Our Aperol Spritz, I mean water, consumption has gone up during the heatwave. But what about your plants? Are they drinking enough, or perhaps a little too much?
Even the most experienced gardeners can struggle to get watering right, especially in the heat. But to help you and your garden navigate this heatwave, gardening expert Danny Clarke has a genius watering trick.
You might know Danny Clarke from his time on BBC’s Instant Gardener or ITV’s This Morning, where he regularly offers his gardening expertise. Speaking to Ideal Home on behalf of Homebase’s Great British Green Up! campaign, Danny explained how to check if your plants need watering using the finger test.
Danny Clarke’s watering trick
‘Just put your finger in the soil, you’ll know if it’s dry,’ says Danny. ‘Just do that test.’
This simple test should help you avoid overwatering your plants. And in Danny’s words, ‘Killing them with too much love.’
However, even before putting your finger in the soil, you can tell if your plants need a good drink according to Danny.
‘You’ve got to keep an eye on [the garden]. Really, being green-fingered, that’s all it is, keeping an eye on your garden,’ he explains. ‘Looking around, make sure that everything is looking as it should because your plants actually speak to you.’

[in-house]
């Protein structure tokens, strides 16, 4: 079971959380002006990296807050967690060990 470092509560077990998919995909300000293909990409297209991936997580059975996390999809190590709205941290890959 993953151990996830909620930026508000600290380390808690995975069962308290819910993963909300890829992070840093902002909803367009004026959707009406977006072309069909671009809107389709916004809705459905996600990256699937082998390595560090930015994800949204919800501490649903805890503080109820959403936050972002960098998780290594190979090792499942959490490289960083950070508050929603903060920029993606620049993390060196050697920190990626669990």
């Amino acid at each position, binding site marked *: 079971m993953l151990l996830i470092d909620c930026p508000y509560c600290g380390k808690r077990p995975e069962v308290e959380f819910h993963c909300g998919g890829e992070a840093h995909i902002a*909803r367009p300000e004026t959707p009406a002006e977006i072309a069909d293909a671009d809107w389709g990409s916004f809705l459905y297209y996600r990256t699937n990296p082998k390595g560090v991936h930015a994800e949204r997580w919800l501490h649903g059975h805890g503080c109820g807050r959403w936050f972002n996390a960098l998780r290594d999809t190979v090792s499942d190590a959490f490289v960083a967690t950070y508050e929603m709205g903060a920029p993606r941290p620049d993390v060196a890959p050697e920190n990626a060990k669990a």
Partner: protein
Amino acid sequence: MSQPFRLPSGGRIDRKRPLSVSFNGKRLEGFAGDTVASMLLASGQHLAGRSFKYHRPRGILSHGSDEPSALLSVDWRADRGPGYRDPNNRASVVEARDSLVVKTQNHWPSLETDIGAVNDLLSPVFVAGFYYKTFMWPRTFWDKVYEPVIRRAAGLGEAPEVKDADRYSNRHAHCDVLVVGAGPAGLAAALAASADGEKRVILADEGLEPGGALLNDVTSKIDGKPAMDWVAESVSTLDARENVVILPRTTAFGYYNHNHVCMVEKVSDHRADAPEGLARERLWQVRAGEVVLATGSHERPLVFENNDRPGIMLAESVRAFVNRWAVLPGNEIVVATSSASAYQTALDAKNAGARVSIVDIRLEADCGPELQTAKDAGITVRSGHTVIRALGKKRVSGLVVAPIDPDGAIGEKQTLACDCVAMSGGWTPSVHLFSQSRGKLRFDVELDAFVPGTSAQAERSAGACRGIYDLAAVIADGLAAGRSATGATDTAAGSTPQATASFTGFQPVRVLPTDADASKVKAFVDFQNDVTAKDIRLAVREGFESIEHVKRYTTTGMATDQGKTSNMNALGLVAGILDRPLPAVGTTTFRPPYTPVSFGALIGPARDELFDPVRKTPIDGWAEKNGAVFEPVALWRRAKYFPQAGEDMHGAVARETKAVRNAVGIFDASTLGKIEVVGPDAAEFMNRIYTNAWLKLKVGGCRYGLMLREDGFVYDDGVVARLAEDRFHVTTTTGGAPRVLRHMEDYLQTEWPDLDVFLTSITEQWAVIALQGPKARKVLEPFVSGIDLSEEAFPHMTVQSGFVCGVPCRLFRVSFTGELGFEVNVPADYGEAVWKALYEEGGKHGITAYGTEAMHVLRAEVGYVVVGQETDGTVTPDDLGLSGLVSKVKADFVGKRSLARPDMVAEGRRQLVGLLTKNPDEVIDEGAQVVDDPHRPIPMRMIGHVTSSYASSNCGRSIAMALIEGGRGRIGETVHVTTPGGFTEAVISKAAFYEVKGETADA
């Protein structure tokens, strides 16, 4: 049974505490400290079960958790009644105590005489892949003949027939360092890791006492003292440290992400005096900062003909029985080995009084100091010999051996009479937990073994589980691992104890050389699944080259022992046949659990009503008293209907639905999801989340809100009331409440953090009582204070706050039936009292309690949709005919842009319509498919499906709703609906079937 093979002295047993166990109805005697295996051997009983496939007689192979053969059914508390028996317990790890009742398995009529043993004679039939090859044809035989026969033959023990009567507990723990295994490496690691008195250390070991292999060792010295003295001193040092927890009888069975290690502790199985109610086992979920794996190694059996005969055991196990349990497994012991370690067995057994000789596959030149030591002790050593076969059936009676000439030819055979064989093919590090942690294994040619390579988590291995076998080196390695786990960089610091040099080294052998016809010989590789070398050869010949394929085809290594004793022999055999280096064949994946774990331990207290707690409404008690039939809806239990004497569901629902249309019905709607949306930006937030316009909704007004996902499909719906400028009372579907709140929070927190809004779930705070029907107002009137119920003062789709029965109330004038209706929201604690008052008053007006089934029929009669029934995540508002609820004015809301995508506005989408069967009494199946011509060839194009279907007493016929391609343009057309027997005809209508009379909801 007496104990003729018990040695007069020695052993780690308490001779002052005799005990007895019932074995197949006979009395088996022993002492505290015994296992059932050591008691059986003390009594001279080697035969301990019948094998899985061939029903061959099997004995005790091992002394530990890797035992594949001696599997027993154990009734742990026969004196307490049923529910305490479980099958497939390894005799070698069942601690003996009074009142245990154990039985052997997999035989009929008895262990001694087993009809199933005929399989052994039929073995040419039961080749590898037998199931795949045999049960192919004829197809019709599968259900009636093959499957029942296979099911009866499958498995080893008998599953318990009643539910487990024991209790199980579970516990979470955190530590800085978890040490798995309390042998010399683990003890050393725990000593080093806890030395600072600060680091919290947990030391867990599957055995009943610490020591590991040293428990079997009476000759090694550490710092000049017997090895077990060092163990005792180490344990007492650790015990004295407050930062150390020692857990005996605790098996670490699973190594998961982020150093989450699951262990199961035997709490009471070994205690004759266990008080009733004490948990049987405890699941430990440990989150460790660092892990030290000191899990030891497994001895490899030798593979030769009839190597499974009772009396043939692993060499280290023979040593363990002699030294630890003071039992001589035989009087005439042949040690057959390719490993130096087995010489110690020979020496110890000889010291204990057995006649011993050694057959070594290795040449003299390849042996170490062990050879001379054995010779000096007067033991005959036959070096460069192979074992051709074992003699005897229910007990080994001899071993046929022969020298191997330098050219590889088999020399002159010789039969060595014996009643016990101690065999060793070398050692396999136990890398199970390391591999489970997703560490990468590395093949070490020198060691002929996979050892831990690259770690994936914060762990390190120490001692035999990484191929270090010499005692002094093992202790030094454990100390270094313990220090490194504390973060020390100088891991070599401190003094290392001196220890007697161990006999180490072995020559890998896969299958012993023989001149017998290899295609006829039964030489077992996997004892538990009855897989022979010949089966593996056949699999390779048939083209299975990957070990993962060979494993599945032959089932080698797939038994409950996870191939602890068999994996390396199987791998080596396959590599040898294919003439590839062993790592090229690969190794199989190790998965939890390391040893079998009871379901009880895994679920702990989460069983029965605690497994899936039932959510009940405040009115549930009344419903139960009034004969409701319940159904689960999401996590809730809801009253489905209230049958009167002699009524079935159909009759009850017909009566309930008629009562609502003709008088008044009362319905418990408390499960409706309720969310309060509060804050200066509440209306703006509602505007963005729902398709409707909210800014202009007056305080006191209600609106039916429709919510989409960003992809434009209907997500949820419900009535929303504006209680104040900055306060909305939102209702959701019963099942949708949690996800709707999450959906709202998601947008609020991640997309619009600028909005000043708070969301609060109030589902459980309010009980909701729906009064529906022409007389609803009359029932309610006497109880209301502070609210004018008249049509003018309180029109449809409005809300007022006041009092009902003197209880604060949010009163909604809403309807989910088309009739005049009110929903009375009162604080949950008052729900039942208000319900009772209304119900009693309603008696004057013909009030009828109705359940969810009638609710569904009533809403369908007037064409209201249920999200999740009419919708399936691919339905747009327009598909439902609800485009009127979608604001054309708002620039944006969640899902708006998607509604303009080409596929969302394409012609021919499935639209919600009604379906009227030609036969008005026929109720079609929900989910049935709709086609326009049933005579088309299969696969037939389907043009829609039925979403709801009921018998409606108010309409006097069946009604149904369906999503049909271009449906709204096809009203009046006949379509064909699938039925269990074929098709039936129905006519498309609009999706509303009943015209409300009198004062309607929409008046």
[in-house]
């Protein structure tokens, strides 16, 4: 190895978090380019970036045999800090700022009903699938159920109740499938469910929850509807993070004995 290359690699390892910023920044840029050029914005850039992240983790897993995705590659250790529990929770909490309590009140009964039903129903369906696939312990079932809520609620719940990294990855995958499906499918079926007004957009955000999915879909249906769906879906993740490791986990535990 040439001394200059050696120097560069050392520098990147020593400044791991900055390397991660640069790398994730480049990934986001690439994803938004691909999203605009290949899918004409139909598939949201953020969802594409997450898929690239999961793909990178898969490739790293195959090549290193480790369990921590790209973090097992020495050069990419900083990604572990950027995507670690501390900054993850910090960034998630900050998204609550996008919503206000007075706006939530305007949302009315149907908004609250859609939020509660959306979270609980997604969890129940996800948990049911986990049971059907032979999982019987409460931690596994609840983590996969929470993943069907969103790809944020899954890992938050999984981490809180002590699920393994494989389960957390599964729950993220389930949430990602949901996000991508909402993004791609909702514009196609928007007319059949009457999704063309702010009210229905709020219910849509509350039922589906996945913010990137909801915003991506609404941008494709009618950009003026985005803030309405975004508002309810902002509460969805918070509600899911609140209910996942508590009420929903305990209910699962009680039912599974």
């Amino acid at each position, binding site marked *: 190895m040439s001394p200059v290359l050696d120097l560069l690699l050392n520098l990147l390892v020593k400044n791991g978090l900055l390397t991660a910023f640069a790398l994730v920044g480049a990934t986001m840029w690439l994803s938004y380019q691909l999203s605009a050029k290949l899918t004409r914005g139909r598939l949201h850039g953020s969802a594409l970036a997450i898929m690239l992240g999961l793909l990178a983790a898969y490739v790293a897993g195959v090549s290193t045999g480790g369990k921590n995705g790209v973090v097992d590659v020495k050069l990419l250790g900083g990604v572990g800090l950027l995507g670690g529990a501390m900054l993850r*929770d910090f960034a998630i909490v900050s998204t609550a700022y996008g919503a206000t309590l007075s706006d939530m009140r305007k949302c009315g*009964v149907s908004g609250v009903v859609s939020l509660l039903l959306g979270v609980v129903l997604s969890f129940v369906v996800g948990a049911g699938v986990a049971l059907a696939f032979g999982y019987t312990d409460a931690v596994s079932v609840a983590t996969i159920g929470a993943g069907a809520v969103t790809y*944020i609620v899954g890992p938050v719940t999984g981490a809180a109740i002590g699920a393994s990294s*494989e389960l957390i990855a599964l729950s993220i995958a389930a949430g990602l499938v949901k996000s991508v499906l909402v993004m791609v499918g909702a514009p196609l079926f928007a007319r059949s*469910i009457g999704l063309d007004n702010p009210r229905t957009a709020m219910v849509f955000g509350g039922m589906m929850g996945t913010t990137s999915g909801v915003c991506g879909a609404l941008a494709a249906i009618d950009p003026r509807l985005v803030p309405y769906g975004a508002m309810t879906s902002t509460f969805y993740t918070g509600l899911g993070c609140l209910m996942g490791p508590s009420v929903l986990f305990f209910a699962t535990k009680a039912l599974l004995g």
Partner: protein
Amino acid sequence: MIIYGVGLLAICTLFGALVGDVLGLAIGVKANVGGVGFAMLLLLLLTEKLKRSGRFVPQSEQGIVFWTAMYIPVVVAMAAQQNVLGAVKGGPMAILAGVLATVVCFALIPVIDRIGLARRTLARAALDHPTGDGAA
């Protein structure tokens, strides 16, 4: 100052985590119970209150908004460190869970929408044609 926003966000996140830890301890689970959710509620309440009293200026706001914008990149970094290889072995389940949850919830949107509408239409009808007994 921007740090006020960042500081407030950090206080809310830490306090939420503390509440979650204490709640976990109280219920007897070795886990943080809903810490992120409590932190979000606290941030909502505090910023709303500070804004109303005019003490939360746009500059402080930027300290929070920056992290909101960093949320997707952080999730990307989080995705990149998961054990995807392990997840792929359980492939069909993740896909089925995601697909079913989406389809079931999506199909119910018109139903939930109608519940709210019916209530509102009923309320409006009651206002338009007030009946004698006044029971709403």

‘They’ll tell you whether they need feeding or drink because they droop. If they droop just give them a bit of water and within a short amount of time they will perk up and they’ll be fine.’
As a general rule of thumb, Danny recommends watering your plants once a week. ‘You don’t want to water too much because the roots will stay on the surface. You’ve got to encourage the plants to go forage for their own water,’ he explains. ‘Treat’em mean to keep ’em keen, that’s what I say.’
The only exception to this rule is pot plants. Pots require a little more care and should be checked on at least once a day, even if it’s been raining.
‘It’s very important to keep them watered. Don’t rely on the rain,’ explains Danny. ‘A lot of people think “oh it’s pouring down with rain, my pots are going to be ok,” but the water never falls where you want it too.’
‘The water can bounce off the leaves and end up on the ground rather than in the soil by the roots. So a bit of water, even after it rains is fine.’
And remember if you’re ever not sure just try the finger in the soil test, and trust your intuition.
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